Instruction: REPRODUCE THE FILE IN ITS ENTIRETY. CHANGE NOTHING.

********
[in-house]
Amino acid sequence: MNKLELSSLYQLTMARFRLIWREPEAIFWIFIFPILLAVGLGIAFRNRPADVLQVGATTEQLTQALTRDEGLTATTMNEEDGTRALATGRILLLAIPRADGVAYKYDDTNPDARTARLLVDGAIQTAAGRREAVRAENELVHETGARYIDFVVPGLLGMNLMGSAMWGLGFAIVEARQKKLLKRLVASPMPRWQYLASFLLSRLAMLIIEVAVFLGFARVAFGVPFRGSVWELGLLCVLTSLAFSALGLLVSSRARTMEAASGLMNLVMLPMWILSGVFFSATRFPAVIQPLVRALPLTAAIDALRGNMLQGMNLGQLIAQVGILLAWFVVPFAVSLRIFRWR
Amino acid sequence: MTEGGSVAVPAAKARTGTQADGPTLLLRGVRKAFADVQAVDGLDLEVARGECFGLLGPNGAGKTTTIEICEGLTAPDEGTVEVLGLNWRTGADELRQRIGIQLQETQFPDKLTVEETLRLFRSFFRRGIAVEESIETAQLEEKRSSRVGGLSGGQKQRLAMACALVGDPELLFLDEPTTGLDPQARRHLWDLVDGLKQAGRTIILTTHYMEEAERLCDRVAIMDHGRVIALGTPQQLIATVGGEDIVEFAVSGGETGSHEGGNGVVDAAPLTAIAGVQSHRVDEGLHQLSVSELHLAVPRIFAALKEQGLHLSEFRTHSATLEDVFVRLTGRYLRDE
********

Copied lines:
[in-house]
Amino acid sequence: MNKLELSSLYQLTMARFRLIWREPEAIFWIFIFPILLAVGLGIAFRNRPADVLQVGATTEQLTQALTRDEGLTATTMNEEDGTRALATGRILLLAIPRADGVAYKYDDTNPDARTARLLVDGAIQTAAGRREAVRAENELVHETGARYIDFVVPGLLGMNLMGSAMWGLGFAIVEARQKKLLKRLVASPMPRWQYLASFLLSRLAMLIIEVAVFLGFARVAFGVPFRGSVWELGLLCVLTSLAFSALGLLVSSRARTMEAASGLMNLVMLPMWILSGVFFSATRFPAVIQPLVRALPLTAAIDALRGNMLQGMNLGQLIAQVGILLAWFVVPFAVSLRIFRWR
Amino acid sequence: MTEGGSVAVPAAKARTGTQADGPTLLLRGVRKAFADVQAVDGLDLEVARGECFGLLGPNGAGKTTTIEICEGLTAPDEGTVEVLGLNWRTGADELRQRIGIQLQETQFPDKLTVEETLRLFRSFFRRGIAVEESIETAQLEEKRSSRVGGLSGGQKQRLAMACALVGDPELLFLDEPTTGLDPQARRHLWDLVDGLKQAGRTIILTTHYMEEAERLCDRVAIMDHGRVIALGTPQQLIATVGGEDIVEFAVSGGETGSHEGGNGVVDAAPLTAIAGVQSHRVDEGLHQLSVSELHLAVPRIFAALKEQGLHLSEFRTHSATLEDVFVRLTGRYLRDE